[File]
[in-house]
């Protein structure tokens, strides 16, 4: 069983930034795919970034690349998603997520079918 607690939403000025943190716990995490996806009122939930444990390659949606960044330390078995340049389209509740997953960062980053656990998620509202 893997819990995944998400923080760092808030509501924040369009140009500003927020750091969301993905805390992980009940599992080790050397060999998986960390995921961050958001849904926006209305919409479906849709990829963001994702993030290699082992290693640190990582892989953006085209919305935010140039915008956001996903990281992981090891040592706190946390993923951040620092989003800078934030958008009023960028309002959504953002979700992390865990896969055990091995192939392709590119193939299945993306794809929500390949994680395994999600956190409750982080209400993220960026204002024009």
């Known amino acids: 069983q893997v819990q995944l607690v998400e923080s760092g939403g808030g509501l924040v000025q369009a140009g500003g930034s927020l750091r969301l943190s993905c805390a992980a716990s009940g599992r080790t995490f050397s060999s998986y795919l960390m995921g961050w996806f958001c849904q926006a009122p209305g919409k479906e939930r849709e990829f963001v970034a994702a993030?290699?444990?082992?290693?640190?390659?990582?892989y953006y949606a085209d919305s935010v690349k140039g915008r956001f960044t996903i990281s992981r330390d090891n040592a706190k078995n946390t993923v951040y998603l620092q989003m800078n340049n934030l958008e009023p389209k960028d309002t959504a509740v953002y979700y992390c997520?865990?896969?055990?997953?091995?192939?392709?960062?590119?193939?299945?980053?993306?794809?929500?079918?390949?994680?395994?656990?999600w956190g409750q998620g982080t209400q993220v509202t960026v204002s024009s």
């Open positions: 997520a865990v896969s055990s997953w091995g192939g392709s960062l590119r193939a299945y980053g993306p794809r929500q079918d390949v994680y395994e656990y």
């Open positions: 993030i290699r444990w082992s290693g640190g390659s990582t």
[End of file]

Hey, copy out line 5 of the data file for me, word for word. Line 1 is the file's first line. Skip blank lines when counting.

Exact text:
């Open positions: 993030i290699r444990w082992s290693g640190g390659s990582t």